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Endangered Species - Causes of Endangerment

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Endangered Species - Causes of Endangerment

The term endangered is used by international and national organizations to define plants and animals currently in danger of becoming extinct. Although the term endangered is universally used, the definition of an endangered species is greatly varied. In most cases, the factors causing an organism to become endangered are human- related. When discussing the causes of endangered species, it is important to understand that individual species are not the only factors involved in this dilemma. Endangerment is a broad issue, one that involves the habitats and environments where species live and interact with one another. Although some measures are being taken to help specific cases of endangerment, the universal problem cannot be solved until humans protect the natural environments where endangered species dwell. Back in the fall of 1973 Congress passed the Endangered Species Act, the point of which was to identify the plants and animals in the most trouble and come up with plans for saving them. The effort has probably been as controversial as it has been successful (Institute of Advanced Studies 39). Of the more than 1,400 species designated as endangered, only 18 have recovered to the point where they've been taken off the list. Upon signing the Endangered Species Act on December 28, 1973, President Nixon stated "Nothing is more priceless and more worthy of preservation than the rich array of animal life with which our country has been blessed" (Environmental Protection Agency). And now that scientists have cloned the last surviving member of a rare breed of cow, some fear that the public's sense of urgency regarding vanishing species might fade. Why not just clone more owls, the thinking goes; but that, say wildlife experts, would be only a quick fix. "Cloning would provide us with individual animals but not the home to introduce them to in the wild," says Jeff Flocken, endangered species outreach coordinator at the National Wildlife Federation. "Whatever's causing a species to decline, whether it's exploitation or destruction of a habitat, would continue to put that species at risk of being exterminated" (National Wildlife Federation ).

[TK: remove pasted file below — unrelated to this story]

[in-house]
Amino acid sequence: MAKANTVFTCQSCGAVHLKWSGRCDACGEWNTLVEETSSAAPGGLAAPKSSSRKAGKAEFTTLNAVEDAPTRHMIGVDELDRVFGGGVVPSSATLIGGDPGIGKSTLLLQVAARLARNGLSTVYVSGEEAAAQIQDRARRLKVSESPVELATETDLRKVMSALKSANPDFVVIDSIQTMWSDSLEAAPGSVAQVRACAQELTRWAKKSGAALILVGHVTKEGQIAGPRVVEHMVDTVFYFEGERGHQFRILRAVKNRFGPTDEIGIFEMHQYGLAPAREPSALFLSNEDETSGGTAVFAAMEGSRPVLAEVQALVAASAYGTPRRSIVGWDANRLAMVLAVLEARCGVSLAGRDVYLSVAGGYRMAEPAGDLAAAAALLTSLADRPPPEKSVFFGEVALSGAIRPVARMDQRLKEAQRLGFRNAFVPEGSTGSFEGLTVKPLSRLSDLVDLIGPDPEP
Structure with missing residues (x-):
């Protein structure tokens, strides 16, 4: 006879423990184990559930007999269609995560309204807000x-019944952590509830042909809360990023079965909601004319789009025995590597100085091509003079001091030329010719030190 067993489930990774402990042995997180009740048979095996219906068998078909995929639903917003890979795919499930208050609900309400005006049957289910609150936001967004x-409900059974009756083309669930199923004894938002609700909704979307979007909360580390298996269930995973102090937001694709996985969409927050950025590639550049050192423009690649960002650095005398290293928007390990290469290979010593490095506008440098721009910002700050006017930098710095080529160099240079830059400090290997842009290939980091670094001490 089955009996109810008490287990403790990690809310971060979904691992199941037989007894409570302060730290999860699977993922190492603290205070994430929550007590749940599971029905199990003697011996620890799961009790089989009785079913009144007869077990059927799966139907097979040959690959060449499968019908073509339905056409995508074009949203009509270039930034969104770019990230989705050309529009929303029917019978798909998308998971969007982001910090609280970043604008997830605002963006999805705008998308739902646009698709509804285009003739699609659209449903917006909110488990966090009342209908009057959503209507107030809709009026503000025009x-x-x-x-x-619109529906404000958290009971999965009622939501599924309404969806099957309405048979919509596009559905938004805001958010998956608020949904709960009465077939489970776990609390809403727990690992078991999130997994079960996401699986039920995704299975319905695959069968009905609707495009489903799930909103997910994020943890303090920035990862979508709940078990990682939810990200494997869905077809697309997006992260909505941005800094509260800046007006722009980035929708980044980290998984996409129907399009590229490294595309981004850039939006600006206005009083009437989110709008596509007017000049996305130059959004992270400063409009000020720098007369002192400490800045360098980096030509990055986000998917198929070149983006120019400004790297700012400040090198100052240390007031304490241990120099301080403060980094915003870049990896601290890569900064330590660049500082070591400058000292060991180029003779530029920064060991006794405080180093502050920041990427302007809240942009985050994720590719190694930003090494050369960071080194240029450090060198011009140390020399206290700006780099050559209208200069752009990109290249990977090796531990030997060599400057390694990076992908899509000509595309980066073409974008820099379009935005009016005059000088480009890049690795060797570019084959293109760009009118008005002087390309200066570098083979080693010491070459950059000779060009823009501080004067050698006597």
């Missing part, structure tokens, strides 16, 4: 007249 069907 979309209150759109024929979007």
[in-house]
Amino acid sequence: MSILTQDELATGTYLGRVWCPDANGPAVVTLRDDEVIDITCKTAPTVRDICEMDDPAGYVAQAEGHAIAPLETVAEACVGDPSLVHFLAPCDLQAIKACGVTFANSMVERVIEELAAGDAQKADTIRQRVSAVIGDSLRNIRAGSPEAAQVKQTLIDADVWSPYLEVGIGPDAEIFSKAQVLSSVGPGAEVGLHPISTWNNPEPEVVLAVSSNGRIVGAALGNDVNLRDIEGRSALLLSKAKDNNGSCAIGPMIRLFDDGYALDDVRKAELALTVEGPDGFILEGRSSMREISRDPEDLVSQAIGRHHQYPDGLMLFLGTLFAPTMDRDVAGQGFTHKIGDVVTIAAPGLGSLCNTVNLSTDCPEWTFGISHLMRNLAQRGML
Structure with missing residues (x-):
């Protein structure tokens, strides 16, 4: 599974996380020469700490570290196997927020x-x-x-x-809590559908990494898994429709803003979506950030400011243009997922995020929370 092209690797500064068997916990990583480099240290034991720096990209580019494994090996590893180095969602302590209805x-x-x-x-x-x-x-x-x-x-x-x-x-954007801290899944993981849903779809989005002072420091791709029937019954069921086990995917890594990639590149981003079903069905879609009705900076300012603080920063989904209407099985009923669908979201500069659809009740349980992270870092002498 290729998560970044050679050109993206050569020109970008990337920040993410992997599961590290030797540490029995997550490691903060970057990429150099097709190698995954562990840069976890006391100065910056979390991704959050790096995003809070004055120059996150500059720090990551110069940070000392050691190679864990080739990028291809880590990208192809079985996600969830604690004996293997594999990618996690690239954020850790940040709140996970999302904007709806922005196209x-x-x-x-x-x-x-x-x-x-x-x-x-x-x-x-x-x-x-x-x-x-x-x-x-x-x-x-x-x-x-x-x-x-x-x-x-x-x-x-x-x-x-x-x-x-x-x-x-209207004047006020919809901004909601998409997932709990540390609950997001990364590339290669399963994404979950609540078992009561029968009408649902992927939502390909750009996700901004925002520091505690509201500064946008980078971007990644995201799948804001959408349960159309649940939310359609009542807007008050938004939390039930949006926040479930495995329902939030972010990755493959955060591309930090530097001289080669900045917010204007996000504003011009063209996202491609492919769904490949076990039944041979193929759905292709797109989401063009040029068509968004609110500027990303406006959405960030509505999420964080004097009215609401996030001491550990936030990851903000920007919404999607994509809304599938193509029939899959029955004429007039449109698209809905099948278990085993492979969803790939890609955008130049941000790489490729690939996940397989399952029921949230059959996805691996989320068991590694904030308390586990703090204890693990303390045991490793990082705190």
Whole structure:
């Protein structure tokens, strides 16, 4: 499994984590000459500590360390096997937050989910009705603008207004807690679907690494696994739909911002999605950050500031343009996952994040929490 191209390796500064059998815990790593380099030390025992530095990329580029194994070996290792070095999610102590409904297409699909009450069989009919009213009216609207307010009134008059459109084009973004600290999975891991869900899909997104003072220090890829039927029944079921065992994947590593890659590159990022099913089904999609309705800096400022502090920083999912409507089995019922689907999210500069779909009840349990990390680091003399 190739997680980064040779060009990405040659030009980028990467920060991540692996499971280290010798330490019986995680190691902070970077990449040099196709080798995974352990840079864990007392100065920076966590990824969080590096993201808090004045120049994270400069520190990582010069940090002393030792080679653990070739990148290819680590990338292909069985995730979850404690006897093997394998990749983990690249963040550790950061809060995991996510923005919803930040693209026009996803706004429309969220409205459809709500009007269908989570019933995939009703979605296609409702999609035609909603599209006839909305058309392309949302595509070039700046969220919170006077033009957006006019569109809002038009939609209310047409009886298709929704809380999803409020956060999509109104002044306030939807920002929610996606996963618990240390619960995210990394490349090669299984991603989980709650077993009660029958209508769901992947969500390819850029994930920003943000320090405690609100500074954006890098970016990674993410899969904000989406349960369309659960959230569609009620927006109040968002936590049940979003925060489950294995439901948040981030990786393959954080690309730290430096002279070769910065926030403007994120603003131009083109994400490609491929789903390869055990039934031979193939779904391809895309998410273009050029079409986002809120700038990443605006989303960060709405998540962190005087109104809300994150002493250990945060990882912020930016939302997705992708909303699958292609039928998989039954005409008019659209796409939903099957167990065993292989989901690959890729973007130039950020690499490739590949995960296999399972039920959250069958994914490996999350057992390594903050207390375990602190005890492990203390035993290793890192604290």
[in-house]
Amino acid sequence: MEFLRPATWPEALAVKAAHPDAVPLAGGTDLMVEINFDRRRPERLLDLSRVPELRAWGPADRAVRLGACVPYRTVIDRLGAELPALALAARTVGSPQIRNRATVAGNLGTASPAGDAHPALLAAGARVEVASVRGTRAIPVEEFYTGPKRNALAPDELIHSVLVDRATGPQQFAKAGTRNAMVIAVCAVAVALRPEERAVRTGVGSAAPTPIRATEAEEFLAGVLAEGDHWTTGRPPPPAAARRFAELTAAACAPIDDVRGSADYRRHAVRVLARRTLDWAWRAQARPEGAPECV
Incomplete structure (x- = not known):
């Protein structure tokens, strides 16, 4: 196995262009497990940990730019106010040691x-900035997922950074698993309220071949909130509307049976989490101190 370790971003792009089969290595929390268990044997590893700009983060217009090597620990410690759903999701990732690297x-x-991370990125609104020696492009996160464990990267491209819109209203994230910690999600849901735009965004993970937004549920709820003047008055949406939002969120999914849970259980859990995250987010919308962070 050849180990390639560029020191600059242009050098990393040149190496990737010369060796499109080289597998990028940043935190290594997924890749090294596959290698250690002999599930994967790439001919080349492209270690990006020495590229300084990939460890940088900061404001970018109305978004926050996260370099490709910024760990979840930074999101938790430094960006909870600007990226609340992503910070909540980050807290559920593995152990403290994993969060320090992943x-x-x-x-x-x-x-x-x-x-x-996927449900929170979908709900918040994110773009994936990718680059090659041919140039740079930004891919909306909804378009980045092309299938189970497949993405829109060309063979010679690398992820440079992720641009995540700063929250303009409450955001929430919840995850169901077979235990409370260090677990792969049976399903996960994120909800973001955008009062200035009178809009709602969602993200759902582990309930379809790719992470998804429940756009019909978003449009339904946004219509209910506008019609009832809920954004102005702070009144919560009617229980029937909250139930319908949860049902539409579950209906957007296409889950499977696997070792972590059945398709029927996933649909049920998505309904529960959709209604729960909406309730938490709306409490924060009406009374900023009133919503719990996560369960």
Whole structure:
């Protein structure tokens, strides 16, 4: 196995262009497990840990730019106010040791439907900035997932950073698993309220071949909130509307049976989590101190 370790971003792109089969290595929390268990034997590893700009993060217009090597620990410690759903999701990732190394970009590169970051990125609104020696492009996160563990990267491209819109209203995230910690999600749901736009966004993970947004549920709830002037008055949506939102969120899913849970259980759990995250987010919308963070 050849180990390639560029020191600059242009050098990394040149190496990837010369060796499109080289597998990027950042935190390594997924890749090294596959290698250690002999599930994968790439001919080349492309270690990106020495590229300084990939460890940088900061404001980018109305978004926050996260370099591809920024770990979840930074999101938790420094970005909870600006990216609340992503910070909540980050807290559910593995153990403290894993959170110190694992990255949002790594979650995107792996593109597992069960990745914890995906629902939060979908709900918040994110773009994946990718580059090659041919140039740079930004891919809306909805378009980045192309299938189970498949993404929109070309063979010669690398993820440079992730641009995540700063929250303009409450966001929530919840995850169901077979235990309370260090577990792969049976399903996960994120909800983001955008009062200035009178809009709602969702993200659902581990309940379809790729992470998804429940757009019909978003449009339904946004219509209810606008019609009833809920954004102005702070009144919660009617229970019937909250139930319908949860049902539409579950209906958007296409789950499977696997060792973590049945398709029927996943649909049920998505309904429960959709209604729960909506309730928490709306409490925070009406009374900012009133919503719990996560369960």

Today there are currently 1246 species of plants and animals that are either on the endangered or threatened list in the United States and 1804 worldwide. Of the 1804 endangered species worldwide, only 975 of them have approved recovery plans (Endangered Species Coalition). When these individual cases are grouped together and studied, the same cause is threatening their existence again and again.

Rapid habitat destruction is the main reason that species become endangered. Natural changes usually occur at a slow rate, so the effects on individual species are usually slight, at least over the short term. When the rate of change is greatly speeded up, there may be no time for individual species to adapt to new conditions. The results can be disastrous. This increase in the rate of habitat destruction is directly linked to the rise in human population. As more people need space for homes, farms, shopping centers and so on, there is less living space for species that cannot adapt to changing conditions. People also affect plant and animal habitats when they take wood, oil and other products from the land.

It can be difficult for individuals to recognize the effects that humans have had on specific species. It is hard to identify or predict human effects on individual species and habitats, especially during a human lifetime. But it is quite apparent that human activity has greatly contributed to species endangerment. For example, although tropical forests may look as though they are lush, they are actually highly susceptible to destruction. This is because the soils in which they grow are lacking nutrients. It may take centuries to re-grow a forests that was cut down by humans or destroyed by fire, and many of the world's severely threatened animals and plants live in these forests. If the current rate of forest loss continues, huge quantities of plant and animal species will disappear. " What is man without the beasts? If all the beasts were gone, man would die from great loneliness of spirit, for whatever happens to the beasts, also happens to man. All things are connected" (Chief Sealth 1885).